Tuesday, 5 July 2022

Last of June, First of July

Last week was as varied in weather as it was in activities.

On Monday, June 27, my trains home were almost punctual. There were several showers during the morning and early afternoon with sun in between. I spent the evening with my Dad so that my Mum could attend the farewell event for her former boss at the library. An era ends with him retiring; he used to be my boss as well when I still worked there.

Tuesday, June 28, was pleasantly warm without being too hot. My sister and I went for a walk in the palace grounds together after work and then concluded the evening at my place, sharing my leftover tabouleh from the Sunday.


This life-size statue represents a favourite pet of King Friedrich I. Every time we are at the palace grounds, we visit the ugly little dog, and it always has a flower, a twig or stone between its paws.








Lemons!

Nearly time for the annual sand sculpture festival again. When I saw this I thought it was meant to be Hogwarts, but then found out it is Neuschwanstein.

I met up with the partner of my late friend Martin on Wednesday, June 29. Although it is nearly 13 years now since my husband died, his death was as sudden as Martin's, and so I can relate very well to how Anne felt (and still feels). She chose to meet at the pub, and with the evening being sunny and beautiful, we were able to sit outside and have a good long heart to heart. Hopefully, it helps a little bit - it is the least I can do. We also talked about one or two ideas for what we can do to honour Martin's memory with his group of friends here in Germany, since we weren't able to attend his funeral in England.

Comparing notes with Anne reminded me of things about those first few weeks after Steve's death, some of which I had not forgotten but very much pushed to the back of my mind.

It was above 30C on Thursday, June 30, with a thunderstorm passing through late afternoon/early evening. By the time the main news on TV were over, so was the thunderstorm, I took advantage of the last hour and a half of daylight and went for a walk on the fields. Everything looked a bit fresher out there after Monday's showers and the thunderstorm.




Friday, the 1st of July, was sunny again but not too hot for an after work walk with my sister, wrapped up by an hour or so at what has become our favourite hangout near the station, the recently opened industrial area I have mentioned a few times now. They have the best chips (french fries) in town, we think, and so our evening meal was settled.

I spent a leisurely morning on Saturday, 2nd July, with household stuff and other things before taking the trains to O.K. After a delay of about 20 minutes, we still had all afternoon to relax on the balcony before it was time to do our shift at the village fête - the first since 2019. Once again, we manned a stall selling Flammenkuchen (pictures in my 2019 post). Our shift started at 9:00 pm and ended at 2:00 am on Sunday morning, with us selling the last batch of Flammenkuchen at 1:45 am before starting to clean up. We had sold around 120 "cakes" by that time.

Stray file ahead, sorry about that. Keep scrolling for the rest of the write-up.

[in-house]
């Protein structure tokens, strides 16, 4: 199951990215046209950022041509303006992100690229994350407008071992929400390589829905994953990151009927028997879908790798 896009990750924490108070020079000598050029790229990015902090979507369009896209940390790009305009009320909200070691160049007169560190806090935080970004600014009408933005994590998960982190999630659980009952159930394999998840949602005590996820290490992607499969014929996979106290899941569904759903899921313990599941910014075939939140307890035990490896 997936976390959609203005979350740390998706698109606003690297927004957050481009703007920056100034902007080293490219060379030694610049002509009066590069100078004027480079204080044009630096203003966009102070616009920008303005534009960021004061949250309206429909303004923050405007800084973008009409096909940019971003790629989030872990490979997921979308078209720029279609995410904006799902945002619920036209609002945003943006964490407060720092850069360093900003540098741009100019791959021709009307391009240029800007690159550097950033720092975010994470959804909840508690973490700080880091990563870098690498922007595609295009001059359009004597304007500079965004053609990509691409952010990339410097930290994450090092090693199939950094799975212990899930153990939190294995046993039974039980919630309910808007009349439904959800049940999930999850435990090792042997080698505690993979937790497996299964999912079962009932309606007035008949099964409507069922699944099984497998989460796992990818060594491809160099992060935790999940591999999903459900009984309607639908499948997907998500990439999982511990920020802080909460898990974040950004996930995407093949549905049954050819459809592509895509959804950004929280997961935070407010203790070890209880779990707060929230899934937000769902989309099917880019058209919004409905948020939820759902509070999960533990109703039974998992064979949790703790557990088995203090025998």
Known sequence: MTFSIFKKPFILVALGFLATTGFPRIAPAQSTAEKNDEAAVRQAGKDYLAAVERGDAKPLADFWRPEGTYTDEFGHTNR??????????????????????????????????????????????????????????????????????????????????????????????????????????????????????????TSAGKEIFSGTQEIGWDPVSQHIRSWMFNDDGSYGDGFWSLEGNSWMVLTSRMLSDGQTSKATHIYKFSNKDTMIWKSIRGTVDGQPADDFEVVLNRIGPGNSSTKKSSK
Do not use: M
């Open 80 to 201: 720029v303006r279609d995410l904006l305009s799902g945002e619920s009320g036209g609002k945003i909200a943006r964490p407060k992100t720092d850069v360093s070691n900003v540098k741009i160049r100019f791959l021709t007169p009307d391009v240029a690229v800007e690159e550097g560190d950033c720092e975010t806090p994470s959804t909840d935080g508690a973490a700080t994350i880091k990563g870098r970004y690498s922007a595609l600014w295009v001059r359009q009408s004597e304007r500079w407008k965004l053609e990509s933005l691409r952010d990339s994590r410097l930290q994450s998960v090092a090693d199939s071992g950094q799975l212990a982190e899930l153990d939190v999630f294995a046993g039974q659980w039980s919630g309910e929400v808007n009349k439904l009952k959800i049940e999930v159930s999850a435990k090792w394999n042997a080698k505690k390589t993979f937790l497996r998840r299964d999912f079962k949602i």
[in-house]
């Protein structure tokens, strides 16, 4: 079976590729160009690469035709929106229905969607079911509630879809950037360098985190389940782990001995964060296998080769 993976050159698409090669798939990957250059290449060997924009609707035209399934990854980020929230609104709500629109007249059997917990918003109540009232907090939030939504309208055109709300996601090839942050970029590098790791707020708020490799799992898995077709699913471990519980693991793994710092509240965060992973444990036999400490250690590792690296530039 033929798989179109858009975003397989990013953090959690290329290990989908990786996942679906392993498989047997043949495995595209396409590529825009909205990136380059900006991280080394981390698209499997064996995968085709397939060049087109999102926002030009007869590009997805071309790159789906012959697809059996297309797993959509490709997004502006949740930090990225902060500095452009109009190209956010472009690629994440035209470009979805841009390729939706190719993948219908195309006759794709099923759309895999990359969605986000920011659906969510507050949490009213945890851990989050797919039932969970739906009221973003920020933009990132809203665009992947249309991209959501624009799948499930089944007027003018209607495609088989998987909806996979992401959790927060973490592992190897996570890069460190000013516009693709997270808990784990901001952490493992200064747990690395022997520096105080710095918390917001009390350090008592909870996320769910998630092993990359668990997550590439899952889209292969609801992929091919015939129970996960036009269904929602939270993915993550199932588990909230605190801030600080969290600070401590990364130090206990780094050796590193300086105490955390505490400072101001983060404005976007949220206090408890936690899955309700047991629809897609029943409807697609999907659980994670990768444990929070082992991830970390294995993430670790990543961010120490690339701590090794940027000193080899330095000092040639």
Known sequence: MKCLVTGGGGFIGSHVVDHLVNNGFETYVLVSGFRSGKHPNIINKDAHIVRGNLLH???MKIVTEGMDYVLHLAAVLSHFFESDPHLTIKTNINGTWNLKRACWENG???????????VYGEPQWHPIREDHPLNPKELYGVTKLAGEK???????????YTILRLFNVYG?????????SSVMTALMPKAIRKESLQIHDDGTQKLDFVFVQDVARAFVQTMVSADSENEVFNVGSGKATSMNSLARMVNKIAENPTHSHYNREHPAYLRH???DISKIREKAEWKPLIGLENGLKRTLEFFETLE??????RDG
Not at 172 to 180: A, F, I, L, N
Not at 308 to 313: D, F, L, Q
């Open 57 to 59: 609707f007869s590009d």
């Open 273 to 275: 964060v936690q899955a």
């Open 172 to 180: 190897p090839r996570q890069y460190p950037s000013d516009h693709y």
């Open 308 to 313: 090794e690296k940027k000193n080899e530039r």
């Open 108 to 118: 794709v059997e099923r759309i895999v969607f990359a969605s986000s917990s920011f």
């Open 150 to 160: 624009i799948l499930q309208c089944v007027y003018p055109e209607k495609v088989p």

Because we had gone to bed only at around 3:00 am, Sunday 3rd July saw us sleeping until 10:00. It was still pleasant enough then to have our first coffee on the balcony. Most of the very hot day was spent resting, before we walked down the village for a cold drink at the fête mid-afternoon - also to look at how everyone was getting on at their stalls, and to chat with a few fellow musicians and neighbours of O.K.'s.

After a delicious evening meal of oven-baked summer vegetables with goat cheese at home, O.K. went back down to help with the dismantling of the stalls. Next year the fête will be held at one of the neighbouring villages - if circumstances allow.

I spent the evening alone on the balcony, being very lazy, reading and watching the sunset until O.K. returned after 10:00 pm. We had one last cold drink on the balcony before it was time for bed; the alarm was set for 5:15 the next morning.

Saturday, 2 July 2022

Last Full Week of June

After the very hot weekend of June 18/19, it was a little cooler on Monday, June 20. I took an hour or so out of work to run an errand for my parents, and went for one of my favourite after-work walks later. It was really pleasant out there on the fields, but I couldn't help thinking how far along everything seemed to be - and this was only the last third of June, with the first half of the year not over yet. Look at the pictures I took that day and see what I mean:





It looks like autumn is coming very early for this tree near Benningen.

I have written a separate post for Tuesday, June 21, so we can skip that day here.

Wednesday, June 22, finally saw a bit of rain. It was still fine enough in the morning, which allowed me to go for a pre-work walk with my friend once her children were in kindergarden.

Sunset on June 22, as seen from my Third Room

My upstairs neighbour joined me for a cup of coffee in the afternoon on Thursday. The family are from Turkey and will go there for their summer holiday the same day that my sister and I return from Yorkshire; their eldest daughter (who lives there) is getting married, and I let my neighbour write the groom's name down for me on a sticky note so that I shall spell it right on the card I intend to give them before I leave for England.